After a white bar owner fatally shot a black man who jumped him amid violent protests Saturday in Omaha, Nebraska, Douglas County Attorney Don Kleine looked at video evidence and concluded Jake Gardner, 38, acted in self-defense, the Omaha World-Herald reported.
On Monday, Kleine said Gardner wouldn’t be charged in the death of 22-year-old James Scurlock and that a grand jury wasn’t needed, the paper said.
But two days later Kleine said he’d ask for a grand jury investigation after all, KETV-TV reported.
“We’ve reviewed the available evidence and made our decision based on the evidence and the law,” Kleine said, according to the station. “I made a decision, and I would not change that decision based on anything we know today. … However, I’m not afraid of having a decision that I’ve made reviewed by others.”
Kleine noted he met with community members who said he should call a grand jury to investigate Scurlock’s death, KETV said, adding that Kleine said “I welcome and support” the move “in this rare instance.”
The DA added to the station that he’ll also petition for a special prosecutor and that “these times are unique” — presumably a reference to racially charged protests and rioting across America in the wake of the death of George Floyd, a black man, in the hands of Minneapolis police last week.
Douglas County Commissioner Chris Rodgers and City Councilman Ben Gray met with Kleine Tuesday, the station said, adding that Rogers said the trio “talked about what are the full possibilities that would restore faith in the system.”
Rodgers added to KETV that they also want the issue of racial inequality addressed and solved in the community.
Scurlock’s family also was disappointed by Kleine’s decision to not press charges against Gardner and petitioned the DA to let a grand jury make a decision, the World-Herald noted.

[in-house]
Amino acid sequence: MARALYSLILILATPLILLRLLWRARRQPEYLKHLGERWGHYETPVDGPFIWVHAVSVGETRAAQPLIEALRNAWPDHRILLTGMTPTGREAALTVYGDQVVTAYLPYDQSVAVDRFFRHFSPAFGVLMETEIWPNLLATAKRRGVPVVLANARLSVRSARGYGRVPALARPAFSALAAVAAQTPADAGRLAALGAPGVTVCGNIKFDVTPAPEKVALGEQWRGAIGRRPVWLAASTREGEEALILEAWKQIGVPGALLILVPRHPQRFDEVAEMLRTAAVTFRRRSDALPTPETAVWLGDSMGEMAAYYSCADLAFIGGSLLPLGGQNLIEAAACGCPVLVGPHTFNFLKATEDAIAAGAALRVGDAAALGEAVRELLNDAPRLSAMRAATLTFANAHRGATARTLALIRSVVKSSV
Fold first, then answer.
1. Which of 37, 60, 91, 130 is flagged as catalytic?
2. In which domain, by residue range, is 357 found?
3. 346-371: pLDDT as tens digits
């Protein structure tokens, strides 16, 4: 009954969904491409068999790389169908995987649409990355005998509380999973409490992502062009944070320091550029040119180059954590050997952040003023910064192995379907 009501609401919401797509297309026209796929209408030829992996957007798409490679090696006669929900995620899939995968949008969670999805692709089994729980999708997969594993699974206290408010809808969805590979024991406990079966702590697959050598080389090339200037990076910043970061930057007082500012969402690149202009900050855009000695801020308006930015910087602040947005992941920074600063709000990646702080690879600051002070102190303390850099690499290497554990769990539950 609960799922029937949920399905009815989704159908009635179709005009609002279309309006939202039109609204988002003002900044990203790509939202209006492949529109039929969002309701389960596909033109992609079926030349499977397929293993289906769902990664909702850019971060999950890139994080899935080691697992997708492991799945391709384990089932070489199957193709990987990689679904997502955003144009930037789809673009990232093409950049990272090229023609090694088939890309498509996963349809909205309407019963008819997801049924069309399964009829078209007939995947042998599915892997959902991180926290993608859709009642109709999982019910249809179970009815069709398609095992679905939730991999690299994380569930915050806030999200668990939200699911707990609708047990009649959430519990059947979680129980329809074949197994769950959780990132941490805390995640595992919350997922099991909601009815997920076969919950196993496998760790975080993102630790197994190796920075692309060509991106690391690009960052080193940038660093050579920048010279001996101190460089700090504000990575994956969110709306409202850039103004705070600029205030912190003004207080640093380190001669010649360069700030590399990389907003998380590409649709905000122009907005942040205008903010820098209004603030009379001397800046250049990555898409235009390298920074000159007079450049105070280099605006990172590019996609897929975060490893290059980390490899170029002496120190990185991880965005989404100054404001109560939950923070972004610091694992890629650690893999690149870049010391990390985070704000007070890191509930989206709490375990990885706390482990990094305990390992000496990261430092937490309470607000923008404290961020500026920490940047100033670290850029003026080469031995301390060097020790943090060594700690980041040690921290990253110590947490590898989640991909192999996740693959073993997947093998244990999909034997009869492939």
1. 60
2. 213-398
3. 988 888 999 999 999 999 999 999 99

The paper said surveillance video from Gardner’s bars played at a Monday news conference showed a group of young people, including Scurlock, approaching Gardner.
More from the World-Herald:
Walking backward, Gardner lifts his shirt to show a handgun, then pulls it to his side and continues backing up. Two people from Scurlock’s group — a man and a woman — tackle Gardner, who ends up on his back in a puddle in the street.
He fires twice into the air — he characterized them as warning shots in an interview with Omaha police. The two people run away from him.
Four seconds after that, Scurlock rushes from the sidewalk and dives on Gardner. Kleine said Scurlock was on Gardner’s back and had his arm around the bar owner’s neck. Gardner could be heard on another bystander’s video hollering, “Get off me, get off me.”
His right arm pinned, Kleine said, Gardner switched the gun to his left hand and fired over his shoulder. The bullet hit Scurlock in the shoulder-neck area, killing him.
Under Nebraska law, a person can be justified in killing another if he has a reasonable belief that deadly force is needed to protect himself or others. People are not allowed to use deadly force to protect property.
Kleine said he and police officials examined about five videos, the paper reported, and determined a timeline of what took place.
The World-Herald said a video it obtained shows a man identified as Scurlock and a friend vandalizing a business at about 10:15 p.m.
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In it, Scurlock apparently has entered the office through a shattered window. He hoists an office chair and, using both arms, hurls it into two computer monitors, then rips what appears to be a phone from a desk and chucks it against a wall. It penetrates the drywall, lodging there with the phone cord hanging out.